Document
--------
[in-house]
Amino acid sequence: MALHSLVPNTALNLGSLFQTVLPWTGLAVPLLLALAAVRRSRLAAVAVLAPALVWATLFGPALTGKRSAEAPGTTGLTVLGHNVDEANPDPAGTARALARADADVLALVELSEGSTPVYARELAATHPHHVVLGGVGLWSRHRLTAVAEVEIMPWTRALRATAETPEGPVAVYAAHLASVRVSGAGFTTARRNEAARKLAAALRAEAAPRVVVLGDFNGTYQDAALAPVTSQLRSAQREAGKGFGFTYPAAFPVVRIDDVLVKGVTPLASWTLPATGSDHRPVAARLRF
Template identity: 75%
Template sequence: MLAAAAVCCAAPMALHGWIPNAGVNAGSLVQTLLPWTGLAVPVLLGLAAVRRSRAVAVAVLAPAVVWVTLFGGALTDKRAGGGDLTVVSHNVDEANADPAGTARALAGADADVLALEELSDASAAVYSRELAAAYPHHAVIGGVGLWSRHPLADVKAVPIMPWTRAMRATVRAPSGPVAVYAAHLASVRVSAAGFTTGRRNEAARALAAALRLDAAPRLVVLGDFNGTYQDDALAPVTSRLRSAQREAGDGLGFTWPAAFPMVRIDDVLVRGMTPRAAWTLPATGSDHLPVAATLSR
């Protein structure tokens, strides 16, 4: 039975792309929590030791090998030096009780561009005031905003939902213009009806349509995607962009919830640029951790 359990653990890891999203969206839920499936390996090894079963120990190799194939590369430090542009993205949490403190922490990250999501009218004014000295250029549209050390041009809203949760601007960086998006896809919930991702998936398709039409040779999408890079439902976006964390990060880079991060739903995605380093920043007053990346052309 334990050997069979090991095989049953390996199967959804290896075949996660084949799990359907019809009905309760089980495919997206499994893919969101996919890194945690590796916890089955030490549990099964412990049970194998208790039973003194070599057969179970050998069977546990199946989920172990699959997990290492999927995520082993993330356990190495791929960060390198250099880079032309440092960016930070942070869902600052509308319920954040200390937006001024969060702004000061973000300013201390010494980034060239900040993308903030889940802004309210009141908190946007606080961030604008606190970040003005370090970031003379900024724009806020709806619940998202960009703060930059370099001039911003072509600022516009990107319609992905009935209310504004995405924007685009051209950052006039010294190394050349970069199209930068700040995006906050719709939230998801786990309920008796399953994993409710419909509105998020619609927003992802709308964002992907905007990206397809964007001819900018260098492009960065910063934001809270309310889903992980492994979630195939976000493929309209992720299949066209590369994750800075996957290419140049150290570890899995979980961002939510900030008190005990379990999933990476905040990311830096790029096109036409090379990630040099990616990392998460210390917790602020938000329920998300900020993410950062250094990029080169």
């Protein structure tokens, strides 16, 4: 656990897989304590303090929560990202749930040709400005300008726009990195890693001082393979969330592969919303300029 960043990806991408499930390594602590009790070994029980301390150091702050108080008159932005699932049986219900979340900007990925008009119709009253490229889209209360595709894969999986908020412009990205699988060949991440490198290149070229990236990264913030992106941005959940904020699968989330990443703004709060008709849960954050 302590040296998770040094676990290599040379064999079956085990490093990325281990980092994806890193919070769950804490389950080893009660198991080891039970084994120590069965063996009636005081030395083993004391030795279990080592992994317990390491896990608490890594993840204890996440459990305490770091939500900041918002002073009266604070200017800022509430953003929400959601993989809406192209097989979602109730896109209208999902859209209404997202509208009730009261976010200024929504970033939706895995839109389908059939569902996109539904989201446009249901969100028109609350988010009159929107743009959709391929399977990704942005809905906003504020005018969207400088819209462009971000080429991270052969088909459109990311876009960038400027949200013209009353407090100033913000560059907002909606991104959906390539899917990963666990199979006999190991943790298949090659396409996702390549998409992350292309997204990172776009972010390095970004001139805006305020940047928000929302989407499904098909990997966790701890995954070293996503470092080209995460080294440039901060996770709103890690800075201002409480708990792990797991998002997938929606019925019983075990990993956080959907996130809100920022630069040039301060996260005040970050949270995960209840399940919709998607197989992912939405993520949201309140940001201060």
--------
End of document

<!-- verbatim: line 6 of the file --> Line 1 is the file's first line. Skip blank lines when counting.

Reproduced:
């Protein structure tokens, strides 16, 4: 656990897989304590303090929560990202749930040709400005300008726009990195890693001082393979969330592969919303300029 960043990806991408499930390594602590009790070994029980301390150091702050108080008159932005699932049986219900979340900007990925008009119709009253490229889209209360595709894969999986908020412009990205699988060949991440490198290149070229990236990264913030992106941005959940904020699968989330990443703004709060008709849960954050 302590040296998770040094676990290599040379064999079956085990490093990325281990980092994806890193919070769950804490389950080893009660198991080891039970084994120590069965063996009636005081030395083993004391030795279990080592992994317990390491896990608490890594993840204890996440459990305490770091939500900041918002002073009266604070200017800022509430953003929400959601993989809406192209097989979602109730896109209208999902859209209404997202509208009730009261976010200024929504970033939706895995839109389908059939569902996109539904989201446009249901969100028109609350988010009159929107743009959709391929399977990704942005809905906003504020005018969207400088819209462009971000080429991270052969088909459109990311876009960038400027949200013209009353407090100033913000560059907002909606991104959906390539899917990963666990199979006999190991943790298949090659396409996702390549998409992350292309997204990172776009972010390095970004001139805006305020940047928000929302989407499904098909990997966790701890995954070293996503470092080209995460080294440039901060996770709103890690800075201002409480708990792990797991998002997938929606019925019983075990990993956080959907996130809100920022630069040039301060996260005040970050949270995960209840399940919709998607197989992912939405993520949201309140940001201060």